We are delighted to inform you of your prize release on the 13th March 2007 from the Australian International Lottery programme. Which is fully based on an electronic selection of winners using their e-mail addresses. Your name was attached to ticket number;575061725 8056490902 serial number 6741137002 This batch draws the lucky numbers as follows 4-13-33-37-42 bonus Number 17,which consequently won the lottery in the second category.

You here by have Been approved a lump sum pay of US$500,000.00 (FIVE HUNDRED THOUSAND DOLLARS) in cash credit file ref:ILP/HW 47509/02 from the total cash prize shared amongst eight lucky winners in this category. All participant were selected through a computer balloting system drawn from Nine hundred thousand E-mail addresses from Canada, Australia, United States, Asia,Europe, Middle East, Africa and Oceania as part of our international promotions program which is conducted annually. This Lottery was promoted and sponsored by a conglomorate of some multinational companies as part of their social responsibility to the citizens in the commmunities where they have operational base. Further more your details( e-mail address) falls within our european representative office in Amsterdam, Holland, as indicated in your play coupon and your prize of US$500,000.00 will be released to you from this regional branch office in NIGERIA. We hope with part of your prize, you will participate in our end of year high stakes for US $1.3Billion international draw.

HOW TO CLAIM YOUR PRIZE: Simply contact our fiducial agent,
at;( )
To file for your claim Please quote your Date of draw,Reference Number, Batch Number and Winning Number, which can be found on the top-left corner of this message.

Also, you should give in your telephone number to help locate your file easily. For security reasons, we advice all winners to keep this information confidential from the public until your claim is processed and your prize has been released to you. This is part of our security protocol to avoid double claiming and unwarranted taking advantage of this programme by non-participant or unofficial personnel. Note, all winnings MUST be claimed before the 30th of March 2007; otherwise all funds will be returned as Unclaimed and eventually donated to charity.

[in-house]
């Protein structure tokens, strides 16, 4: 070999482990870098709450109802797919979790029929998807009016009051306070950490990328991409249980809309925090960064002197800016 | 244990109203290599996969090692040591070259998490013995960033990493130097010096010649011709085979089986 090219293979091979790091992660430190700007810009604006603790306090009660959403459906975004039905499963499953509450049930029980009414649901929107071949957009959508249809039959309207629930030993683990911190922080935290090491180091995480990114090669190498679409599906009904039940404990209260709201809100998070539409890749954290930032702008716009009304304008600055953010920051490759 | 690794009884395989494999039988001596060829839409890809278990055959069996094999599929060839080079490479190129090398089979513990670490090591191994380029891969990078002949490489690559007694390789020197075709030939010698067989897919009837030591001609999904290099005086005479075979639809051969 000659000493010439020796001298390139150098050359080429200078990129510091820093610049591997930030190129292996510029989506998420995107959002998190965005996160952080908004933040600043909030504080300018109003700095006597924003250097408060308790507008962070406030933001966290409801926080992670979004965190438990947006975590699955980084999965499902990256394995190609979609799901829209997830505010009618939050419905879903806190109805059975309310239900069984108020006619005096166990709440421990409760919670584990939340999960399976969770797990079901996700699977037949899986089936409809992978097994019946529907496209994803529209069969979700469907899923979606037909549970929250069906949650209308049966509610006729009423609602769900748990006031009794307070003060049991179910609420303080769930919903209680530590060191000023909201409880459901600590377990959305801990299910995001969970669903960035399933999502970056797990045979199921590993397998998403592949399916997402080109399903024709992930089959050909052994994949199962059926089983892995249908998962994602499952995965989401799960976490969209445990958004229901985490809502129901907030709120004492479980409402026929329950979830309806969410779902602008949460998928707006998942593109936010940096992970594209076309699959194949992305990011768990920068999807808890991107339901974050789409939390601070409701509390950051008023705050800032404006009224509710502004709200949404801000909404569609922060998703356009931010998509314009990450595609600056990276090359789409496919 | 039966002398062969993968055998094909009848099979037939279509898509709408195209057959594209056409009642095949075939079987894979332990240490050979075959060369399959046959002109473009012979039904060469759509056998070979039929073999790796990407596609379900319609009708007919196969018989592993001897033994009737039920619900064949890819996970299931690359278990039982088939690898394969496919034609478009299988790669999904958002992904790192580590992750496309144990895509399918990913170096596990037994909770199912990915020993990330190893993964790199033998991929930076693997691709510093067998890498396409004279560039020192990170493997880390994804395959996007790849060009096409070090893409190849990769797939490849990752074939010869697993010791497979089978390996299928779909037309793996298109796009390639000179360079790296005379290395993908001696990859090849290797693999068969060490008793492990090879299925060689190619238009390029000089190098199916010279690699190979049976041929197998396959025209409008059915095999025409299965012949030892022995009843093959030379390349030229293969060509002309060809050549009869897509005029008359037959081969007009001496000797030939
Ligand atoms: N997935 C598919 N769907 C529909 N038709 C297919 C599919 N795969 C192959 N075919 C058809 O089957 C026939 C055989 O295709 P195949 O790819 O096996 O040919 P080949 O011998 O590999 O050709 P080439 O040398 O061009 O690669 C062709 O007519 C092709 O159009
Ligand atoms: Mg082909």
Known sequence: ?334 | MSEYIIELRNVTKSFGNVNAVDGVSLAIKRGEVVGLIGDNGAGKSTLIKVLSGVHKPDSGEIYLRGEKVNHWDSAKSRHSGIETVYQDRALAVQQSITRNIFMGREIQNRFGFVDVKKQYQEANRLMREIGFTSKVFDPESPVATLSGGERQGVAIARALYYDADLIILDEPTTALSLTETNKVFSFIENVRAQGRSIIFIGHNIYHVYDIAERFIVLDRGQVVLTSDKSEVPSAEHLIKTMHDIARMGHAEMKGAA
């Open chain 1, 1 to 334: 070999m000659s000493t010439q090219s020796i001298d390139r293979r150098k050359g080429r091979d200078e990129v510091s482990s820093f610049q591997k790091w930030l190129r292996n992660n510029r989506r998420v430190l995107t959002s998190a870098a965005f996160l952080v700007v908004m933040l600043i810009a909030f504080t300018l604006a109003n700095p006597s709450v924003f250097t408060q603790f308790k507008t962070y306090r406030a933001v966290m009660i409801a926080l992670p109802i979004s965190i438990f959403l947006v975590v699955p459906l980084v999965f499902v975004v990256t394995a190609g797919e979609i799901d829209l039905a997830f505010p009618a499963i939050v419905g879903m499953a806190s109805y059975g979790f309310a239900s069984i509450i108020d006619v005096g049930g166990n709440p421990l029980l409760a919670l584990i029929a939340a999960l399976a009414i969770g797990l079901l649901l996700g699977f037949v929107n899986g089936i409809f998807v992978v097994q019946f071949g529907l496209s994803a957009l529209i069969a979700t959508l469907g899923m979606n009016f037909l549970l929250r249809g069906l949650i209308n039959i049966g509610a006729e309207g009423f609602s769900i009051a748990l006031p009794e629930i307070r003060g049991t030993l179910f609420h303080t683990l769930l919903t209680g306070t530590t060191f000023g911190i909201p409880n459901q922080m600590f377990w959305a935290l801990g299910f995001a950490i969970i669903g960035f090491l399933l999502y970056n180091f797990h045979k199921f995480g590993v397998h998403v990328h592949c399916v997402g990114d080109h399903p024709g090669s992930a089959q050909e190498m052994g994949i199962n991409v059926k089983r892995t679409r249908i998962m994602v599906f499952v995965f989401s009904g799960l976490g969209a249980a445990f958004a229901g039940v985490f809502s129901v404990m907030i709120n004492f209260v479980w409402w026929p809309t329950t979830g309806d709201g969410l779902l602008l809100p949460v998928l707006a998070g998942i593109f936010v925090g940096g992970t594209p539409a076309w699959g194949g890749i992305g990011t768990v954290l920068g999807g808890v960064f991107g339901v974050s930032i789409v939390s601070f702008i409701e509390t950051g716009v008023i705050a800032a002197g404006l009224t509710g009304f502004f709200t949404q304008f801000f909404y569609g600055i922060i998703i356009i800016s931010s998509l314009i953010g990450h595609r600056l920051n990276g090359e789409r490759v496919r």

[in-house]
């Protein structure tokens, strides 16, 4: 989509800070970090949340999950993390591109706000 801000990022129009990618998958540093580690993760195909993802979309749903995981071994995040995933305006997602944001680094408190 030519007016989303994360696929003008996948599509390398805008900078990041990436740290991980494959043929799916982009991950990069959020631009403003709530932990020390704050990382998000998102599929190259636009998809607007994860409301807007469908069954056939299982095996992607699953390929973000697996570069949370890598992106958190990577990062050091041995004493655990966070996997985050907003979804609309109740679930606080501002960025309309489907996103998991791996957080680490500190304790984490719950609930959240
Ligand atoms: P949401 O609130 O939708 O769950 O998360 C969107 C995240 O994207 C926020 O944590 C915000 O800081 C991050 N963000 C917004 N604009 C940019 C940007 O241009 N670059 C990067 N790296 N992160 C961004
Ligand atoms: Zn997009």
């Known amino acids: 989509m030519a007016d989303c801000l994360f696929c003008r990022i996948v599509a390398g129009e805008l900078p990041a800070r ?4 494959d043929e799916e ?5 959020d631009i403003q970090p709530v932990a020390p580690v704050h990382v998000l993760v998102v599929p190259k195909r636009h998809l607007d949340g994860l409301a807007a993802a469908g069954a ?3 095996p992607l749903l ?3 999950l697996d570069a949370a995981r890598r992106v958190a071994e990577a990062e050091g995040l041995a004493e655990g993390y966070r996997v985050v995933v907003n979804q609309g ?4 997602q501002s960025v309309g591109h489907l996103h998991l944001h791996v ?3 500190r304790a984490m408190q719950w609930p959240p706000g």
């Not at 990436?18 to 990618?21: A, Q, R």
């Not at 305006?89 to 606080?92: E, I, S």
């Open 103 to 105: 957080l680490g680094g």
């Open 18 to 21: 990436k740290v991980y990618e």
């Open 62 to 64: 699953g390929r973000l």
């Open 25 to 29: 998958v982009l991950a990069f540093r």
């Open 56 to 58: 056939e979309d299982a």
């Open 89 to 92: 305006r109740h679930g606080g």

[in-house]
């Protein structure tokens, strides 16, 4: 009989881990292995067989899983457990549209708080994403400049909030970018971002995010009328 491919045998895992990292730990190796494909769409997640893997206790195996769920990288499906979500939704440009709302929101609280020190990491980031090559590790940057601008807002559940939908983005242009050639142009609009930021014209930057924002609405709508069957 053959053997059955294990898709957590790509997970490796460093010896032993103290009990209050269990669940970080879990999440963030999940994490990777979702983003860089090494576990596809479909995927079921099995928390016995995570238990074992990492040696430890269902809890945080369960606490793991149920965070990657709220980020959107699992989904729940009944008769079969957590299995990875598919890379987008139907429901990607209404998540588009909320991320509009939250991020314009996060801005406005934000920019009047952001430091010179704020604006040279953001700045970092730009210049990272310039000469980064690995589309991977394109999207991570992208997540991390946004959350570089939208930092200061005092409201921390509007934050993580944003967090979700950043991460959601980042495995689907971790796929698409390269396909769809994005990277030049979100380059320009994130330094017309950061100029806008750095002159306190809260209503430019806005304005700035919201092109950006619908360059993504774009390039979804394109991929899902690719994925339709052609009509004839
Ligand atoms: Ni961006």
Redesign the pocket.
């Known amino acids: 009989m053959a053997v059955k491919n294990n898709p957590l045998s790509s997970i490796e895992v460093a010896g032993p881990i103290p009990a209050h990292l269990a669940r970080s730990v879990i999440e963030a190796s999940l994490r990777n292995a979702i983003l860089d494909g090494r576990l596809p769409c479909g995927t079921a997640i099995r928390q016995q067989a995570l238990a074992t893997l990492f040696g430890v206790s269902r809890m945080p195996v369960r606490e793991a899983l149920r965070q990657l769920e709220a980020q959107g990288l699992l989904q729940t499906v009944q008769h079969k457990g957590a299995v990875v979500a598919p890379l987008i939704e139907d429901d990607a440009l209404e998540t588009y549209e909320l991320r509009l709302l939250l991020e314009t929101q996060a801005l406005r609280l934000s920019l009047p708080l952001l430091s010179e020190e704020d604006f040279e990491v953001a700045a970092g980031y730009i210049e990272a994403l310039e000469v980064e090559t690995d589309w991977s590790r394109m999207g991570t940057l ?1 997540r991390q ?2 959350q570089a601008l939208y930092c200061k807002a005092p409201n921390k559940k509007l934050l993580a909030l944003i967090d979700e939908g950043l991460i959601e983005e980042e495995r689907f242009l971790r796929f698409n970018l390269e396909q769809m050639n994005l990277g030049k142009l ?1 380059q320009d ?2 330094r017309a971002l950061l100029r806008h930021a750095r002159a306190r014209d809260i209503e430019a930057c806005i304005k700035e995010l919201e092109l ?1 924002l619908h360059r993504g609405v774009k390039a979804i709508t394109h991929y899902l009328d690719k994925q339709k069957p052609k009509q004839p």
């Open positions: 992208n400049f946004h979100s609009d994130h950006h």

Congratulations once again on your winning!
Best Regards
Mr Ahan Larry(For co-ordinator)
( )

Names of Scam / Fake / Fraud Lottery 

Click here for the huge list of the names of the currently identified lottery scams companies

* Re: emails of winnings. We know of only ONE exception in the world to this rule - and if you bought a ticket from them, you would know it, and would not be questioning it.

Copyright CFR 2005, 2006, 2007, 2008, 2009  - Definition of scam, fraud, etc.Legal disclaimer / corrections / complaints  -  Privacy Policy
Names used by scammers in the examples on this page and others often belong to real people and businesses who often have no knowledge of nor connection to the scammer's use of their name and information.  Sample scam emails and other documents are copies of the scam to help potential victims recognize and avoid it.  You should presume that any names used and presented here in a scam are either fictitious or used without their legitimate owner's permission.